Diabetes and Discrimination
The Equality Act of 2010 states that your employer should be expected to make reasonable adjustments to prevent discrimination taking place.
An employer should not place you in a situation where you are disadvantaged as a result of your diabetes, if it can be reasonably avoided.
An example may be if you need to have breaks to test blood glucose levels. Where this can be accommodated, the employer should make adjustments to allow you to do this.
I feel I am being discriminated against because of my diabetes, what should I do?
Should you feel that you have a case, there are a numbers of ways to deal with the issue.
Where possible you should try to speak informally with your manager, supervisor or member of human resources. Address the issue and work out what can be done to resolve the problem.
If this approach fails to make the situation better, you may wish to raise a grievance.
An employer may have a grievance procedure in place but if they don’t the Advisory, Conciliation and Arbitration Service (ACAS) have a standard procedure and they may be also be able to offer advice.
I’m facing harassment because of my diabetes
People with diabetes should not face any form of abuse related to their diabetes which includes any hurtful jokes, mocking or other forms of intimidation.
If harassment is taking place, let a manager, supervisor or human resources representative know. The company should take measures to prevent discrimination or harassment taking place.
Will I lose my job if my diabetes causes me to have too much time off work?
If your employer has a set number of sick days and your diabetes, or another disability, causes you to exceed the maximum number, your employer should take reasonable steps to accommodate for this. If your time off work can be reasonably accommodated by your employer, you should not lose your job.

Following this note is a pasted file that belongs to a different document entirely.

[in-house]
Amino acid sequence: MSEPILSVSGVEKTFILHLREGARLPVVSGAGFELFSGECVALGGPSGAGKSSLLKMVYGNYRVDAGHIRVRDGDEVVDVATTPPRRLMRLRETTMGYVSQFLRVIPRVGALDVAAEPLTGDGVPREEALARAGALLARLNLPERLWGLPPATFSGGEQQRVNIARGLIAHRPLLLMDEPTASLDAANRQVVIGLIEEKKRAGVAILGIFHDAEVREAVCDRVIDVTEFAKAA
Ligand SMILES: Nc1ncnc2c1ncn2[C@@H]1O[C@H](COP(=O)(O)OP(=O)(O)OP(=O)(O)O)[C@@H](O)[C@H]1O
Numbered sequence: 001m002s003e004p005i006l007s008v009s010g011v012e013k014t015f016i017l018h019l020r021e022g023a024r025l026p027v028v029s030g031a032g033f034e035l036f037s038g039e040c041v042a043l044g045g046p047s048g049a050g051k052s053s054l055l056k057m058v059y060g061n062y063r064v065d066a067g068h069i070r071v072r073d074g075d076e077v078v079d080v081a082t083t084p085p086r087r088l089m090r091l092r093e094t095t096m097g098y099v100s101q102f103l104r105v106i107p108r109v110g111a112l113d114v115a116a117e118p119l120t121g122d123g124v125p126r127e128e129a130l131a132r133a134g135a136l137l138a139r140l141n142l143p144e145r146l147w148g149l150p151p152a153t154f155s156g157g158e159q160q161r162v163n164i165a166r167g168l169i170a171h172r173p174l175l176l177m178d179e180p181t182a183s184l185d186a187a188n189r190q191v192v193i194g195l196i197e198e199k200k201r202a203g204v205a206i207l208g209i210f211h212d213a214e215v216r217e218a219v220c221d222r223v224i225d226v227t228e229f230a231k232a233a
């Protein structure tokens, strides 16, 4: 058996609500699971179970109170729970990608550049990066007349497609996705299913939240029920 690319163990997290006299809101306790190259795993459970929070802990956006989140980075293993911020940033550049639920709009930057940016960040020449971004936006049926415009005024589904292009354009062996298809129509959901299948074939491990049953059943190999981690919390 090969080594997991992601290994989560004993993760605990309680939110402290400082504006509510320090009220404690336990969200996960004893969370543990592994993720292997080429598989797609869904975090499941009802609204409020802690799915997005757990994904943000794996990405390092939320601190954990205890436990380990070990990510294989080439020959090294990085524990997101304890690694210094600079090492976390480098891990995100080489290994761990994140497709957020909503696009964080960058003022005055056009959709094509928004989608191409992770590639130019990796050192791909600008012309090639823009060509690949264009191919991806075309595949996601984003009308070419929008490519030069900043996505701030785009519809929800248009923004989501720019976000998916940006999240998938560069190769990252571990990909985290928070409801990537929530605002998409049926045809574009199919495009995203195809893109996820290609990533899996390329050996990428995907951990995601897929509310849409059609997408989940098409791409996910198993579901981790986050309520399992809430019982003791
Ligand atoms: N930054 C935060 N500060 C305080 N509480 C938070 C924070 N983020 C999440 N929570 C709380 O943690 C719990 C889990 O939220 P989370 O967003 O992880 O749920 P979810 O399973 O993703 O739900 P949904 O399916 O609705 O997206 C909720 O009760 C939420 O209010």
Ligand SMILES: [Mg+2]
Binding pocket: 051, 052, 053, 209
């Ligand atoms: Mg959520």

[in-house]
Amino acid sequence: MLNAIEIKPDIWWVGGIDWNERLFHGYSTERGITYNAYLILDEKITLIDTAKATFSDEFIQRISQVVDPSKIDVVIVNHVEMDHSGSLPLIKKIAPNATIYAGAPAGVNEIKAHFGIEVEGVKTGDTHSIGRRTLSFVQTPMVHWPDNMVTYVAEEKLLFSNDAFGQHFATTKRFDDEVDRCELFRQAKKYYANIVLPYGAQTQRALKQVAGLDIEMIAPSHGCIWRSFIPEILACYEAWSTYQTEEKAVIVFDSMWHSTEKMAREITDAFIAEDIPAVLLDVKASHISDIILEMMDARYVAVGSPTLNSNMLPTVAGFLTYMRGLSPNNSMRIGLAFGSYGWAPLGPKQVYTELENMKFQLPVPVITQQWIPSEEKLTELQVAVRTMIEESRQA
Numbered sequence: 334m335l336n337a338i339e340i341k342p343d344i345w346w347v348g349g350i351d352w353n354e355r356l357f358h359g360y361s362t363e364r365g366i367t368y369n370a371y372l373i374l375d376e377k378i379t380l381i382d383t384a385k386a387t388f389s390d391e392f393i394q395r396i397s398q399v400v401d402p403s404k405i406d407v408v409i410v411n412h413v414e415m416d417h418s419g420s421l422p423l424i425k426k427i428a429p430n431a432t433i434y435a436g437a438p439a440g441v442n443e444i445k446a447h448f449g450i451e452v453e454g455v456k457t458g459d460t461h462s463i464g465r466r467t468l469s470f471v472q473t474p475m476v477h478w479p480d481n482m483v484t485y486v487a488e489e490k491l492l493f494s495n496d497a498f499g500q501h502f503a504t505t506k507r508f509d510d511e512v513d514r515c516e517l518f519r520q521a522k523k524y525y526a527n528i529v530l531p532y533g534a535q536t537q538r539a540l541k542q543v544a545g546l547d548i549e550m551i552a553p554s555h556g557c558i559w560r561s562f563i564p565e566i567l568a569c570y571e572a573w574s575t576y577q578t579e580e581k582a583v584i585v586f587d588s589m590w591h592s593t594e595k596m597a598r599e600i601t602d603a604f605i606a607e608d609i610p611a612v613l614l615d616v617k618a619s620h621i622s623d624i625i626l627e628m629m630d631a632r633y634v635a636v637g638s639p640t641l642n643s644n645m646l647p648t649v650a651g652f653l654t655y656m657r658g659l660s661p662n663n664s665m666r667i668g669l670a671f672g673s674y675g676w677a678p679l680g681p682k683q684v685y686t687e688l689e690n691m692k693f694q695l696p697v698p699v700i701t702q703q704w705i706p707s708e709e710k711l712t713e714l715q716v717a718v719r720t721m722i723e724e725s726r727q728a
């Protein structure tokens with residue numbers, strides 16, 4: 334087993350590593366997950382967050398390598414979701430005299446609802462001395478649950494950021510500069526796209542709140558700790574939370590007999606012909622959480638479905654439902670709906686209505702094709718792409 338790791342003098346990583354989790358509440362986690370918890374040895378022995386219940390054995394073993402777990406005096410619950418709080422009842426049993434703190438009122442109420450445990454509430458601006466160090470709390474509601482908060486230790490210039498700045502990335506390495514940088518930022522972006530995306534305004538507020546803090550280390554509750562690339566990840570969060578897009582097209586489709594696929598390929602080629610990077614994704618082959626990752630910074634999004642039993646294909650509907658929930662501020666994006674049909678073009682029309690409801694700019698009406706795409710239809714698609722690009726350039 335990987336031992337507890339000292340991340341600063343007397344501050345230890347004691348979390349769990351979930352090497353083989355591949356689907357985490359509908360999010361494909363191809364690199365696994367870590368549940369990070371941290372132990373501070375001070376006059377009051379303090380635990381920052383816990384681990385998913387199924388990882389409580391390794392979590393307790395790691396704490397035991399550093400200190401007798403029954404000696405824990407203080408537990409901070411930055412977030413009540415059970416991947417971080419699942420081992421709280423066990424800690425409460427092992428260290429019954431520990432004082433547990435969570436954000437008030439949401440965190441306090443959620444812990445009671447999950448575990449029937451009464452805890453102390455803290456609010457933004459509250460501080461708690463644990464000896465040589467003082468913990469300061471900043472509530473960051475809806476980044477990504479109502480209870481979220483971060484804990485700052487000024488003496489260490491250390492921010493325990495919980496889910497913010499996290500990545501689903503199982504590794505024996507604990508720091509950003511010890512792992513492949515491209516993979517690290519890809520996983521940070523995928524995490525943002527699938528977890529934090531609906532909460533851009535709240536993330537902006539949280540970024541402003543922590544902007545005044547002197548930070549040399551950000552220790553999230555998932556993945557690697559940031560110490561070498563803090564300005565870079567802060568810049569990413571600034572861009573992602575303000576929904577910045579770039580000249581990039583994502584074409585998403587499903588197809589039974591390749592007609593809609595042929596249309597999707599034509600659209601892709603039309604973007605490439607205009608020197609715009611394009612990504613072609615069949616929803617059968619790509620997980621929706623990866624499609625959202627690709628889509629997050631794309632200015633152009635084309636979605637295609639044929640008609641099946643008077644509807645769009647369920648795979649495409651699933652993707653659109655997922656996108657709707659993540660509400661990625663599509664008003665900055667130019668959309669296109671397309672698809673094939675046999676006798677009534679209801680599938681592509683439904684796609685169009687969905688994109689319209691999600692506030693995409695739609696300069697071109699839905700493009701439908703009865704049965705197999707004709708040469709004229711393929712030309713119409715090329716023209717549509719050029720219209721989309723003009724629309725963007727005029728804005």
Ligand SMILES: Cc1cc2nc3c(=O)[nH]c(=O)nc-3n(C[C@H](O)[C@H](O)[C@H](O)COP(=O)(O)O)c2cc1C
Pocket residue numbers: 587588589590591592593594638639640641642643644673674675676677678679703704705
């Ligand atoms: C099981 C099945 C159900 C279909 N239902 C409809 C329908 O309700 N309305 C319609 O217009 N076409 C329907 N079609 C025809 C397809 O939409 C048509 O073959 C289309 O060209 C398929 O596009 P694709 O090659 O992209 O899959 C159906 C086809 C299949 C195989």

If absences are affecting the business in a way that cannot be accommodated, dismissal may be deemed fair.
If your diabetes has lead you to be off work for a long time and you are unlikely to return to work soon, an employer could be acting within their rights if they choose to terminate your position. What is seen as a long time can depend on the type of work you do.
Can my employer reduce my pay because of leave for my diabetes?
If your diabetes has caused you to have more time off work than the maximum allowance, it is reasonable for the company not to pay you for days beyond the maximum sick days allowance. Note that some firms may operate a separate disability leave policy.
My diabetes has stopped me getting my bonus
In some cases, diabetes may be a factor which affects eligibility for a bonus. A common example is when a bonus is linked to meeting a maximum number of sick days. If your diabetes has directly caused you to take more days of absence than you otherwise would if you did not have diabetes, then your employer should take steps to factor out days taken specifically as a result of diabetes.
Can an employer sack me for having diabetes?
If your diabetes renders you incapable of performing your job, despite reasonable adjustments and the possibility of moving to a different role being considered, you could be dismissed on fair grounds.
If you have dismissed without the consideration of reasonable adjustments, this could be unfair dismissal.
Can I be stopped from performing a particular job?
There are some jobs which you may not be able to perform, on the basis of safety, if you are on medication, such as insulin, that can increase the risk of hypoglycemia. Some jobs that are allowed to have exclusions for people on insulin include firefighters, prison guards and a number of positions in the armed forces